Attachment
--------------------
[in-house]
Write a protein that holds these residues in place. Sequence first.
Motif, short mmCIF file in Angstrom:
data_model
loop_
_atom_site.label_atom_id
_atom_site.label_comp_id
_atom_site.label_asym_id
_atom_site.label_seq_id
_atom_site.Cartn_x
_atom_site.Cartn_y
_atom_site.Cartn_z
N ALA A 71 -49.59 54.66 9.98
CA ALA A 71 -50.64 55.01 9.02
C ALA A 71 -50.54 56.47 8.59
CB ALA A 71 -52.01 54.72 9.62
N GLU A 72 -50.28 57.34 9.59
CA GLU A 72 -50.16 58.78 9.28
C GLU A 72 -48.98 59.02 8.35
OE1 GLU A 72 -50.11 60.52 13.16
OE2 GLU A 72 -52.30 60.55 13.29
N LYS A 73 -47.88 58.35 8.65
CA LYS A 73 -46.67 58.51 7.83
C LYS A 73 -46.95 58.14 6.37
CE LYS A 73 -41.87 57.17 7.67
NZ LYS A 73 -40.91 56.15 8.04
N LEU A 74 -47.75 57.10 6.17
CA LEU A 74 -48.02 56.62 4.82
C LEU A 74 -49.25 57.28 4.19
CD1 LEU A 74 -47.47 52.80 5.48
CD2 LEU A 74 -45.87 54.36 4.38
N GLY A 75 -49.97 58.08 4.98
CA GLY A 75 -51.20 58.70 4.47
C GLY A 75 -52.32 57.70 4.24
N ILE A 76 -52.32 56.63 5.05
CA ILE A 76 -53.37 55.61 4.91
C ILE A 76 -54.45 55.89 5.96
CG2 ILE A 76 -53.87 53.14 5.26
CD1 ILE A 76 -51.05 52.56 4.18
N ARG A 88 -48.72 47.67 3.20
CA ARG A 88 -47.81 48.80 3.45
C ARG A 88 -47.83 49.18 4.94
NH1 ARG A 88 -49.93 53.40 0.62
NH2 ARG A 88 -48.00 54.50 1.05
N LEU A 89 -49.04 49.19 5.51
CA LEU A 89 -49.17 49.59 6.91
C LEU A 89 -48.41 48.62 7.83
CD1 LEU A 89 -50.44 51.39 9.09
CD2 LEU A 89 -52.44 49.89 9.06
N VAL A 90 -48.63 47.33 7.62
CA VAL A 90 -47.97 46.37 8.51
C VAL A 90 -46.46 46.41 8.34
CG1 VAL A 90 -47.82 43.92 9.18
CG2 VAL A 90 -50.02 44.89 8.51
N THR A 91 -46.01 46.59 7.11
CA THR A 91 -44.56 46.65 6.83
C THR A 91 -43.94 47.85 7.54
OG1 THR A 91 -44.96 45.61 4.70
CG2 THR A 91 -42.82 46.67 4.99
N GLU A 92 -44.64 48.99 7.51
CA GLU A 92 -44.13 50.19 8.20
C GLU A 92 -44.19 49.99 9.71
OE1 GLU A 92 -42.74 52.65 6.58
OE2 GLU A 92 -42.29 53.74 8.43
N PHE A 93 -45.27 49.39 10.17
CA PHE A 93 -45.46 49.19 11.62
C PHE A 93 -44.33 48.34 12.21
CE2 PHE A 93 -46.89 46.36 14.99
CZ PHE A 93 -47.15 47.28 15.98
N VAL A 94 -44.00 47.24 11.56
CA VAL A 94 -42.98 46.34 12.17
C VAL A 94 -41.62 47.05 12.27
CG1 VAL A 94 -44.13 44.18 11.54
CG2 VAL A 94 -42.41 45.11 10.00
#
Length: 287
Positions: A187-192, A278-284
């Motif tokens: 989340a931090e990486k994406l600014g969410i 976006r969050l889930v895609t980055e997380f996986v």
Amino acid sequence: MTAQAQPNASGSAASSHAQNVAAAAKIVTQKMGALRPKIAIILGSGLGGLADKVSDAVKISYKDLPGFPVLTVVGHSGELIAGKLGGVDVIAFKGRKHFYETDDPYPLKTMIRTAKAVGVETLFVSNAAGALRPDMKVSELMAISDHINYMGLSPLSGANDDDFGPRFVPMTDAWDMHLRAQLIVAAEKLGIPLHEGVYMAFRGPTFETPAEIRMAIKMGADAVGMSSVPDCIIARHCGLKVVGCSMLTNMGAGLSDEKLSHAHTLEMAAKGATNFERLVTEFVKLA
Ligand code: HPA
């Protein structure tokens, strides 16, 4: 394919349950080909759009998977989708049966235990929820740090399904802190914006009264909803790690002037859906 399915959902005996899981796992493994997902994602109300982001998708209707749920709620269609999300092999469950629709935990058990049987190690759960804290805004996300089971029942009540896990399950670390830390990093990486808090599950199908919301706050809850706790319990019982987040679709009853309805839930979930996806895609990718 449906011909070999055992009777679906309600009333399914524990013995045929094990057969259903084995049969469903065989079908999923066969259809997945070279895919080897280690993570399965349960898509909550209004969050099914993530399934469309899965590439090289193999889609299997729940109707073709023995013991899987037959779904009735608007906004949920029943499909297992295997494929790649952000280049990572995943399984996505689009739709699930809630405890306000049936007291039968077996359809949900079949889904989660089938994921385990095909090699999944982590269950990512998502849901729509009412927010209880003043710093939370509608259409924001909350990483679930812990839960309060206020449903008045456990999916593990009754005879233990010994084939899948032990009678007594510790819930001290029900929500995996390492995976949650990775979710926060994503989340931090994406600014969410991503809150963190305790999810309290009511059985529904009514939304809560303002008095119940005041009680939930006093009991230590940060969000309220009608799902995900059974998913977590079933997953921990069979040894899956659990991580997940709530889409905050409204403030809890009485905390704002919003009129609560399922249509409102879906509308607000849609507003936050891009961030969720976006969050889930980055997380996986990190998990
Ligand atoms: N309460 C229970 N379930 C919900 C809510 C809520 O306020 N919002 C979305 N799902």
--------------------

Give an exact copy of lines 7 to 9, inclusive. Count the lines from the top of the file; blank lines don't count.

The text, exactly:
_atom_site.label_comp_id
_atom_site.label_asym_id
_atom_site.label_seq_id